Aporias on “25 Random Things About Me”

In rhapsody on June 3, 2009 at 4:54 pm

1. This list is an occasion for jouissance!

2. Its deployment signifies a break, a middle term in the polarity of self and the ‘they’ (neither conformity nor mutiny, but misprision, careful misreading, legitimate abuse), or what Lacan refers to as an ecstatic opening to the Other in this list’s economy of revelation, disclosure, confession (“about me”).

3. Such bliss is accompanied by an ejaculation of aporias, undecidables, paradoxes that inhere in this text’s structure of indeterminacy.

4. I am referring, first of all, to this list’s apparent logic of disorder — “random things”.

5. But to list anything at all is already an enterprise of ordering.

6. Empirically, formally, arithmetically, there is progression, enumeration, a spatial and more-than-spatial linearity of items, terms, fragments from the life-text of the subject.

7. Or do we speak of the absence of design?

8. But the task of delimiting utterances already inscribes itself, in an always-already manner, as telos.

9. Thus chance, randomness, arbitrariness differ and are deferred (differant): the list bears the trace of any other list which it is not.

10. This trace is the absent presence of, as it were, ‘non-random’ lists, “My 5 Favorite Things to Do”, or “5 Things I don’t leave the house without”.

11. Whatever this contingent category (‘non-random’ or discriminate list) may be, it inscribes itself violently, but silently and in a paradoxically pacified manner, as a binary opposite to “25 Random Things About Me”.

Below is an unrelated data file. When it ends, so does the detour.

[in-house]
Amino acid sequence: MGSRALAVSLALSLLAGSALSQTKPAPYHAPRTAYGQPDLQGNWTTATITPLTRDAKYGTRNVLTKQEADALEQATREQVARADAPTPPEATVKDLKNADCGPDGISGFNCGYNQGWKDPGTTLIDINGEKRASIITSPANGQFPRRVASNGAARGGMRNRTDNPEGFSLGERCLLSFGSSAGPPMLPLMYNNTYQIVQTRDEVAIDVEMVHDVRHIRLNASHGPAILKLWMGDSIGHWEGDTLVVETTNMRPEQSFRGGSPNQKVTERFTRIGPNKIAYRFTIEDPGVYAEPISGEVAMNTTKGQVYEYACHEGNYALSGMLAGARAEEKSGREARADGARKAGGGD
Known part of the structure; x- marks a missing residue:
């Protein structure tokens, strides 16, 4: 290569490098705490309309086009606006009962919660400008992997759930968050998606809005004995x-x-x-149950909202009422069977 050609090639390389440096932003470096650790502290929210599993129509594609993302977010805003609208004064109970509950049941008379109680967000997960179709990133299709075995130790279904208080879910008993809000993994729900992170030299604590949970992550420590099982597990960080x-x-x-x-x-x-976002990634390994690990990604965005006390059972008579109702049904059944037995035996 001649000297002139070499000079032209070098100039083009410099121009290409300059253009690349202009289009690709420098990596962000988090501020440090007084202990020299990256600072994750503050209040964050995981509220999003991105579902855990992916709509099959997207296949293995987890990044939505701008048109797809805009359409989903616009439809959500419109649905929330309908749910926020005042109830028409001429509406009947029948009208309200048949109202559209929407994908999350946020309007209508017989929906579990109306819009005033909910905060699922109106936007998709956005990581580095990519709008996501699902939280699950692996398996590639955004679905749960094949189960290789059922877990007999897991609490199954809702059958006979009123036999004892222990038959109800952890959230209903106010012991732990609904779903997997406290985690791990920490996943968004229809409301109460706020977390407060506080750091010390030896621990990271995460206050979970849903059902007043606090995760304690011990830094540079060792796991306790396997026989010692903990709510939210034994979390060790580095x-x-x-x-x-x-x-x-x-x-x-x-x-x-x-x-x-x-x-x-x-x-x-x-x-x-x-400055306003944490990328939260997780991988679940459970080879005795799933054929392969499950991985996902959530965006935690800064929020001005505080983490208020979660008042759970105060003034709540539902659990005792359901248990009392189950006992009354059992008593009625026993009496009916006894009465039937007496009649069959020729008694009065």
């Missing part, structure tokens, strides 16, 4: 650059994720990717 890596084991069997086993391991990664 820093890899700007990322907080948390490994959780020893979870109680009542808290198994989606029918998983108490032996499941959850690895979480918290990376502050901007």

12. May we not then construe discriminate choices as the supplement to indiscriminate choices?

13. It is therefore in the position of a bastard, a parasite, a barnacle, imposing its essentiality to the identity of this list while effaced and repressed by it.

14. The supplementarity of the other “speaks, yet says nothing” (Shakespeare in ‘Romeo and Juliet’).

15. It threatens the natural relationship between the terms, between natures.

16. That which purports to be a random list is always already inextricable to a list of discriminate choices.

17. The list does not only limit itself but also limits its resources, its supply of items.

18. It lists before it is listed.

19. The list was already there before it came to be. It has no definite origin.